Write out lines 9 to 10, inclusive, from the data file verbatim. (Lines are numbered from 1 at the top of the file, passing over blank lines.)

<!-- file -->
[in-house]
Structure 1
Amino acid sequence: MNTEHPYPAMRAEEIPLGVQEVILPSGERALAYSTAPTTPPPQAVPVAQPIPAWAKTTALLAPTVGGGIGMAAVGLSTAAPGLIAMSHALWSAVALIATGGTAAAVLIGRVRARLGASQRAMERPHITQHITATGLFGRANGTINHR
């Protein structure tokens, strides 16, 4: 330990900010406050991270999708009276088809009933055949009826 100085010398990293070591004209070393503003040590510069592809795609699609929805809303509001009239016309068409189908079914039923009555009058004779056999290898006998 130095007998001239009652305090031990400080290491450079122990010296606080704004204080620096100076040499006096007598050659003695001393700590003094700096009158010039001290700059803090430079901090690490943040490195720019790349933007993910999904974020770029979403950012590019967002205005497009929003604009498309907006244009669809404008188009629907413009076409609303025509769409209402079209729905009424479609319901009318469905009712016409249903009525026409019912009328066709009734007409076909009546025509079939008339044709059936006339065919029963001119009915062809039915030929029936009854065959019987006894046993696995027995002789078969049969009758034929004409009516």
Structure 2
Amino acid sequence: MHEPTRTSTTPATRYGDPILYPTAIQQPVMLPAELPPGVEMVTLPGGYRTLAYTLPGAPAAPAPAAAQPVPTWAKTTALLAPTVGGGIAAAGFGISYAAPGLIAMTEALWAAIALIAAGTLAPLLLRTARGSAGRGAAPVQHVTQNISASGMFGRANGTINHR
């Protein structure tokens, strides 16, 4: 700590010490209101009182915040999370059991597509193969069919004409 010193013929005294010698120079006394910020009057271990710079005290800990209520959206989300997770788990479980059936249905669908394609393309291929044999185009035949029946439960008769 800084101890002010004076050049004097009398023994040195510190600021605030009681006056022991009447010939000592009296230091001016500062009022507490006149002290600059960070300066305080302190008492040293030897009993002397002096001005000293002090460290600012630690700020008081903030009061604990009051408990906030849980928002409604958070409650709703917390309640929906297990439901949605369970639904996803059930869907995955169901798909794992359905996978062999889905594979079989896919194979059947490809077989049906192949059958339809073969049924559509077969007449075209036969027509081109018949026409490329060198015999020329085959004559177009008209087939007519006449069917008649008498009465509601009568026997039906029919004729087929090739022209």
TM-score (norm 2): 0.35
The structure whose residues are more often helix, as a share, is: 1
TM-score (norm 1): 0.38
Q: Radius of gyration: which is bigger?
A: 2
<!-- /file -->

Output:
The structure whose residues are more often helix, as a share, is: 1
TM-score (norm 1): 0.38